I guess Mike has a point: if you want reliable data, you will need to put tires to the test. Large tires can only be tested at a few facilities. LeHigh University has a large test bench. Fender manufacturers like Marine Fender International (possibly) and Maritime International (certain) may have test facilities as well. Be prepared to pay a substantial amount of money though: a test procedure as specified in the PIANC 2002 report can easily set you back 10 - 15 K USD. In my book, that is money wasted, since tires are not selected for their performance, but merely since they are cheaper than the alternatives, readily available (from stock), do not require proper engineering and are typically installed based on rules of thumb/experience. As long as no captain complains about damage to the vessel,it probably is ok.

I assume that in general performance figures will turn out to be horrible. Relatively low energy absorption (there is not much material available for deflection compared to a proper fender) and high reaction force as the tyre is deflected on its most sturdy part: the heavily reinforced treat region. Which is not very forgiving to a delicate ship's hull. Using several layers of tires, rather than a single one, will improve the performance figures though. But compared to a proper designed fender system, it will be mediocre. Coefficient of friction probably will be high as well. Same as hull pressure, as the contact area is (relatively) small and not evenly distributed.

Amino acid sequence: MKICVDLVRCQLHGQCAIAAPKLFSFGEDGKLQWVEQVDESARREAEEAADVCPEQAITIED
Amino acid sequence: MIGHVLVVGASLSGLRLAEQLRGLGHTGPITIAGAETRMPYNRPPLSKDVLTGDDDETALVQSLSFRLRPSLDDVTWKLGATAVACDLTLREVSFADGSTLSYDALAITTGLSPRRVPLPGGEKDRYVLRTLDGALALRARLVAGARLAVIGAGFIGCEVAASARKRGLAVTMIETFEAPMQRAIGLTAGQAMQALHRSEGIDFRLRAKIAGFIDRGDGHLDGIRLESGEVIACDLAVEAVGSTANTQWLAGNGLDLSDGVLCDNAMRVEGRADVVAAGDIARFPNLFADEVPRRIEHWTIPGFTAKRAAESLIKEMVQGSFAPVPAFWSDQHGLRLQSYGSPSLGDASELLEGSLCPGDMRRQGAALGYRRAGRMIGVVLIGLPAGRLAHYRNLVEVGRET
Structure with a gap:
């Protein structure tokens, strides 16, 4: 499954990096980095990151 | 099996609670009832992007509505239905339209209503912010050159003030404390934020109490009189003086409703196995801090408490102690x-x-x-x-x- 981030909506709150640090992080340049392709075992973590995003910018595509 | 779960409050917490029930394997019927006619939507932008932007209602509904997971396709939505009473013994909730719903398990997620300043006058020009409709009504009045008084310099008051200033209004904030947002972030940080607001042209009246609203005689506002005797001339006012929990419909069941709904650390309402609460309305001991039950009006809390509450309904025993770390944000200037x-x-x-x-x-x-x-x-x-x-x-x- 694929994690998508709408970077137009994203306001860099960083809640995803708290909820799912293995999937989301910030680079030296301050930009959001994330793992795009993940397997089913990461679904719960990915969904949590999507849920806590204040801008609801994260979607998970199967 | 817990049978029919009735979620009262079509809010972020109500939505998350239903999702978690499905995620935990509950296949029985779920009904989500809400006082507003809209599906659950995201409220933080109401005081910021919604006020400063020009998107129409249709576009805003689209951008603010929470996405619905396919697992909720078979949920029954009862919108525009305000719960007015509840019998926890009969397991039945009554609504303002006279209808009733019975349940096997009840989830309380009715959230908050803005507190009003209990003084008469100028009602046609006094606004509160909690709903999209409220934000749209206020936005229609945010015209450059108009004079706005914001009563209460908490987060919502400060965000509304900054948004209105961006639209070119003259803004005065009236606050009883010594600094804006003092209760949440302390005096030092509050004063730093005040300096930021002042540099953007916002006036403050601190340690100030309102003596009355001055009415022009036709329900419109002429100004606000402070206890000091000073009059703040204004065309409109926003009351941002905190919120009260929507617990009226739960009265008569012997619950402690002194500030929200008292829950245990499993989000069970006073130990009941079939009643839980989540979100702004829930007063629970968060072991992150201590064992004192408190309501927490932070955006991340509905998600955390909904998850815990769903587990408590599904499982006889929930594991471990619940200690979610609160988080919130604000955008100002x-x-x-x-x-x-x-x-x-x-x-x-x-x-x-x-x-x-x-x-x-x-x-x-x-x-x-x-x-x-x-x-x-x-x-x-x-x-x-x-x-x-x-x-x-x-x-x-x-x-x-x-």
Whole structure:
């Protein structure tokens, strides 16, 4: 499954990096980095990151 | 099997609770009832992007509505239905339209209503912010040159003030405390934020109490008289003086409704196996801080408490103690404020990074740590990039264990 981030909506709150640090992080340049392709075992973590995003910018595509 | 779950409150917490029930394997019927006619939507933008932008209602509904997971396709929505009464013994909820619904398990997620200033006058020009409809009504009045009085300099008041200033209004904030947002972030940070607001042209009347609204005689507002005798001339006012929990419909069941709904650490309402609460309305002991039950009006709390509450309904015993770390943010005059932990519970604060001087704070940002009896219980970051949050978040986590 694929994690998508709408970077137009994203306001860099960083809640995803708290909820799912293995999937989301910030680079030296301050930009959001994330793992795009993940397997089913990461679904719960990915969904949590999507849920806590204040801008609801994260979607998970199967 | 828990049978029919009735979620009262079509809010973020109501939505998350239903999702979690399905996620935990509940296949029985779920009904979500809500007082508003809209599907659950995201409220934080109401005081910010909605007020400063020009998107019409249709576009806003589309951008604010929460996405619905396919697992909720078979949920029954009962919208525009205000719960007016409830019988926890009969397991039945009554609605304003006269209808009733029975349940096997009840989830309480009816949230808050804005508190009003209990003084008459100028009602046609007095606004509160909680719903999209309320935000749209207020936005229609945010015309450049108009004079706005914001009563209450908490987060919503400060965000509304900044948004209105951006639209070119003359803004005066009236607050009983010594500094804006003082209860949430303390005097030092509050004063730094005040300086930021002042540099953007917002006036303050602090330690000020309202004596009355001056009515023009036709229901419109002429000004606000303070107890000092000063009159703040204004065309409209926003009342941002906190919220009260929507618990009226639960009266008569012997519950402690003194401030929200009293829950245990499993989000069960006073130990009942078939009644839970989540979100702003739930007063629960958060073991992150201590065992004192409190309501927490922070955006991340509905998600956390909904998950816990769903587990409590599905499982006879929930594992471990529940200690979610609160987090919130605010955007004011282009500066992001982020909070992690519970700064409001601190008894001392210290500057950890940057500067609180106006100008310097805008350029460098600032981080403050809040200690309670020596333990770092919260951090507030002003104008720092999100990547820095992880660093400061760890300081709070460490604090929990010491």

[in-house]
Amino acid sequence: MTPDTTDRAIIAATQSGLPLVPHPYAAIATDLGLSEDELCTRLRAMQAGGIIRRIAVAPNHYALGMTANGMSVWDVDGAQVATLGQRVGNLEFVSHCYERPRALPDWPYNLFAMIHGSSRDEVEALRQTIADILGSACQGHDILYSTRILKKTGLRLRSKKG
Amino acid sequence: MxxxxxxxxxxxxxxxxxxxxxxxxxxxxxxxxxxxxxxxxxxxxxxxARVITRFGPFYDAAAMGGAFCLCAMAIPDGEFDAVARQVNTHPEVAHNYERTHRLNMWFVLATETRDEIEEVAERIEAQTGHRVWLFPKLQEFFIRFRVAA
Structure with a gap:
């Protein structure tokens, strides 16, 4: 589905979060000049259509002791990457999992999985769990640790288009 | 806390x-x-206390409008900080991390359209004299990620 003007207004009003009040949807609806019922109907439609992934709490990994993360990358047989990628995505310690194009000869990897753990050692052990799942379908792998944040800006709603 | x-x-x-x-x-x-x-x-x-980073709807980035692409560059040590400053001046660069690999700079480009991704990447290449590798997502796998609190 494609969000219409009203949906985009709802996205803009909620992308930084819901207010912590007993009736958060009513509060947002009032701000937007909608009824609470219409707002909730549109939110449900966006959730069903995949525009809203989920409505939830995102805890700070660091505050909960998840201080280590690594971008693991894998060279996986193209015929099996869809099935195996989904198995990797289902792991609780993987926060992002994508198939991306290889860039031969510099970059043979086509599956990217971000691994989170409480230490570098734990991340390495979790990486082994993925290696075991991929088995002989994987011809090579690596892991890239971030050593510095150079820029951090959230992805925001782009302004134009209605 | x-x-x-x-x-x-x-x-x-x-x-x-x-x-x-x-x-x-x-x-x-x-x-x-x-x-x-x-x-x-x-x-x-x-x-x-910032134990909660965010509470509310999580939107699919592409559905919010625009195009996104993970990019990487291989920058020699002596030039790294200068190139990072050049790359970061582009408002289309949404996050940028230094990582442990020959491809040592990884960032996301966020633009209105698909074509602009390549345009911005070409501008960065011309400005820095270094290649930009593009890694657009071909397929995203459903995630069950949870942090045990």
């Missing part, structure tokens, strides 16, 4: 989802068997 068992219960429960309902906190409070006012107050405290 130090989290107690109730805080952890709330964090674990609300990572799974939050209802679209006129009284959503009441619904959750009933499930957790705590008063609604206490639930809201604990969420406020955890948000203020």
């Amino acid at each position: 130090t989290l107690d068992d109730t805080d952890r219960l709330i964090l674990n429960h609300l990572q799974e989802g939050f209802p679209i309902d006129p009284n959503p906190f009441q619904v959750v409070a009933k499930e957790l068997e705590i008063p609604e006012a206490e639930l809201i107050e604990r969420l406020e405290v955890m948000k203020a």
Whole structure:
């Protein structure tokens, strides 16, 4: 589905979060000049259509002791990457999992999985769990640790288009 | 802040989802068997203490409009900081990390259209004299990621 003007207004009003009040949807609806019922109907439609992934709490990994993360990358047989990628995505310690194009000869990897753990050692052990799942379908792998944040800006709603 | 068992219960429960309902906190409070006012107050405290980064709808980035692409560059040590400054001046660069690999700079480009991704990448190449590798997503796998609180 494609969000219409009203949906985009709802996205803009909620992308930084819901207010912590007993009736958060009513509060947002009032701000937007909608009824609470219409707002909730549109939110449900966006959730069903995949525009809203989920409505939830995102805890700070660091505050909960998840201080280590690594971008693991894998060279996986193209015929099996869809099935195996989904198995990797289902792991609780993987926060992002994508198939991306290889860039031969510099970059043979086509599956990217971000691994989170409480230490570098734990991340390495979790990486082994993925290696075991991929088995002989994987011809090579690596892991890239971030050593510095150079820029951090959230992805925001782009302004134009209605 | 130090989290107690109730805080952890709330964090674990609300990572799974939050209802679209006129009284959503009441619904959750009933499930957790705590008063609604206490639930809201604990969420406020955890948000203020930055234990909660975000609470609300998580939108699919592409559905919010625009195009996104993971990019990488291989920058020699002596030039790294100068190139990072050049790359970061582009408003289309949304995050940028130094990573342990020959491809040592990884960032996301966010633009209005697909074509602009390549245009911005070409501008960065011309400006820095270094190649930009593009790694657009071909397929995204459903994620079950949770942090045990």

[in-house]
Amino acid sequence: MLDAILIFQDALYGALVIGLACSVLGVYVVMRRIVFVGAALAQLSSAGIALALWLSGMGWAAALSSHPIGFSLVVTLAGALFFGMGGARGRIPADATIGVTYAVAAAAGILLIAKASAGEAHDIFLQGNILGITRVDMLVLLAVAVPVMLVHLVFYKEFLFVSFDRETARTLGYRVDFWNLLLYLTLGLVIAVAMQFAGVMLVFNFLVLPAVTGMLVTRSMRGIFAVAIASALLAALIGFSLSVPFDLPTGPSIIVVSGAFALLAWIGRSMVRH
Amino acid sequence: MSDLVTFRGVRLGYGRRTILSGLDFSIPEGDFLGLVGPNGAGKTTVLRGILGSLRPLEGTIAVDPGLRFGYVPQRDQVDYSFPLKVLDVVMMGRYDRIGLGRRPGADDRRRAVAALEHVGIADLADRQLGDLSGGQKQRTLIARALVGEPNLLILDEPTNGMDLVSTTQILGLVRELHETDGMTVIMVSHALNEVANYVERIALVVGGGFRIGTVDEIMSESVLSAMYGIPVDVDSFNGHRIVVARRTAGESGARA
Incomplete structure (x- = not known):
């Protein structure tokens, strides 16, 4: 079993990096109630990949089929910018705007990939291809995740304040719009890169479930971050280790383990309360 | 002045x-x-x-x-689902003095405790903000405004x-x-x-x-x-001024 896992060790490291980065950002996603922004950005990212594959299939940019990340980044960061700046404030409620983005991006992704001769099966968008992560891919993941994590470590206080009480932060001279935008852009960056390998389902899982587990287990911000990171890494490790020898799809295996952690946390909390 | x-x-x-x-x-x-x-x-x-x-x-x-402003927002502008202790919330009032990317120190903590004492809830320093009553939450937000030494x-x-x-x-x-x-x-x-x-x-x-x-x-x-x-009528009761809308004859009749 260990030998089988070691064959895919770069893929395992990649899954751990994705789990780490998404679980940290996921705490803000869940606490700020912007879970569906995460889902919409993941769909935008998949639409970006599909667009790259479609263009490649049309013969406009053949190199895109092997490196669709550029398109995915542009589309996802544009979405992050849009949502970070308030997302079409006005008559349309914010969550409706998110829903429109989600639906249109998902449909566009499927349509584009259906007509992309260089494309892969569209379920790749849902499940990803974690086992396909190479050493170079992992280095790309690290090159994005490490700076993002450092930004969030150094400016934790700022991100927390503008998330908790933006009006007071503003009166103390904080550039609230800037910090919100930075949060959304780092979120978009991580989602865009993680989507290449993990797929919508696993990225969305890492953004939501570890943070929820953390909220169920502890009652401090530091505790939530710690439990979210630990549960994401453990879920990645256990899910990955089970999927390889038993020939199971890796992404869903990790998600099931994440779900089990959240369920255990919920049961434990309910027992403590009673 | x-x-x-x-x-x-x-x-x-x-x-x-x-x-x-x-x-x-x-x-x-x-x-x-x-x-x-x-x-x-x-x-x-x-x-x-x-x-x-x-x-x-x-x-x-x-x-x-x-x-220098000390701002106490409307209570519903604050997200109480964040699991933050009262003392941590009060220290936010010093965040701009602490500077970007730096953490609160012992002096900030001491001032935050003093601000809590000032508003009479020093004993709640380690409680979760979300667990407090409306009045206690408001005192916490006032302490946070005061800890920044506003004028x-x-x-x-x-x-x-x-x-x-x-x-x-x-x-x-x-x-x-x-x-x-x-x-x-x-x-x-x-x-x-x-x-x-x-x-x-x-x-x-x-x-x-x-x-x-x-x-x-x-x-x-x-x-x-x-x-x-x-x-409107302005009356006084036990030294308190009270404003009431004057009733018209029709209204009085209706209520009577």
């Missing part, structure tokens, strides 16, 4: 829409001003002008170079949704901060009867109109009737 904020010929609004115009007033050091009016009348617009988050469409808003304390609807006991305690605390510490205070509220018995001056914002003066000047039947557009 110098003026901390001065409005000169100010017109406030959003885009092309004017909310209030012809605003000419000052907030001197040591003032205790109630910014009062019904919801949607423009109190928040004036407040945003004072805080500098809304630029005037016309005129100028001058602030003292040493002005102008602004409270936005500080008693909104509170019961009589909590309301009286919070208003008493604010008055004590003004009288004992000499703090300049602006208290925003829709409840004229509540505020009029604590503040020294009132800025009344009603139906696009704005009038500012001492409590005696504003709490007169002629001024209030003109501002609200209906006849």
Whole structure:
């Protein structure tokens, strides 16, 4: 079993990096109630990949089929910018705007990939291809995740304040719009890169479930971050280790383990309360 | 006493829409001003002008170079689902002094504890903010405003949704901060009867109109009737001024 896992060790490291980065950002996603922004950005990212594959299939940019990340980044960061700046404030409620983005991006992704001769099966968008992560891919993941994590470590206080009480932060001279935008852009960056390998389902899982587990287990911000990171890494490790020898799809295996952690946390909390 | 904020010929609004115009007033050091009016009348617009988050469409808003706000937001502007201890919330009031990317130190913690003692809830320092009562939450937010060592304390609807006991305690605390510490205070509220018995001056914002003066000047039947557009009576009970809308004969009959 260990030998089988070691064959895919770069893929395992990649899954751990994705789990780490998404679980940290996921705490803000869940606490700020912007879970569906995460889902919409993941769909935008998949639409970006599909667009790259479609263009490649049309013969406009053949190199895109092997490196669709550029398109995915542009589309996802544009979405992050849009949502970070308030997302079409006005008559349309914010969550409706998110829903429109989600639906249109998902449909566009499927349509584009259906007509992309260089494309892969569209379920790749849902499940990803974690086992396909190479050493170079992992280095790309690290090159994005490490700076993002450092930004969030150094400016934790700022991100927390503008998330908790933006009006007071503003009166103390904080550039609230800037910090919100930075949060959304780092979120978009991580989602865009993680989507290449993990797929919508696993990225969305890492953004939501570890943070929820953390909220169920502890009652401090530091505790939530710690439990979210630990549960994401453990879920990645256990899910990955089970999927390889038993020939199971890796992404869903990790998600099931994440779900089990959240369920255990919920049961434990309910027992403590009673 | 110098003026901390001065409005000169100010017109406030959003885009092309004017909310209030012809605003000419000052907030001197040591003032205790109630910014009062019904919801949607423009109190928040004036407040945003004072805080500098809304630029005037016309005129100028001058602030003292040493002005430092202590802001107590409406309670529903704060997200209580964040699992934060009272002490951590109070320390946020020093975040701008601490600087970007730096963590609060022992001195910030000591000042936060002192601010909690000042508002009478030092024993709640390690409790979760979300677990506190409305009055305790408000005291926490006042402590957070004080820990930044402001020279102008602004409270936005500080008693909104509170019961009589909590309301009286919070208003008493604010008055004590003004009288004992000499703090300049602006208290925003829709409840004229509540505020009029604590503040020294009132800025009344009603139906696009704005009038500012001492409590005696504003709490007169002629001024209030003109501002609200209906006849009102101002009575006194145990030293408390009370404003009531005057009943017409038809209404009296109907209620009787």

@Hydromarine: though ISO17357 is indeed good bedtime reading, it will not answer the question, since it applies to pneumatic fenders, not to tires used as fenders. PIANC 1984 and 2002 are probably more usefull. Even though they also do not recognise tires as fenders (or even substitutes).

The only really proper fenders made from tires are the ones manufactured by Schuyler. http://www.azobuild.com/news.asp?newsID=6857

RE: Rubber Tires as Marine Fenders

Years ago Boston Towboat swore by DC 9 tires they got for free from Logan Airport. McAllister used fabricated fenders made from cut up tires thread on to a cable. In the last 20 years though new harbor tugs have been built with D shaped fenders made for the purpose attached along the whole length of the hull. Bow fenders are also now made for the purpose. I think that the maintenance is also a lot less and they probably don't leave black marks on your customers hull.

Red Flag This Post

Please let us know here why this post is inappropriate. Reasons such as off-topic, duplicates, flames, illegal, vulgar, or students posting their homework.

Red Flag Submitted

Thank you for helping keep Eng-Tips Forums free from inappropriate posts.
The Eng-Tips staff will check this out and take appropriate action.

Reply To This Thread

Posting in the Eng-Tips forums is a member-only feature.

Click Here to join Eng-Tips and talk with other members!


Resources


Close Box

Join Eng-Tips® Today!

Join your peers on the Internet's largest technical engineering professional community.
It's easy to join and it's free.

Here's Why Members Love Eng-Tips Forums:

Register now while it's still free!

Already a member? Close this window and log in.

Join Us             Close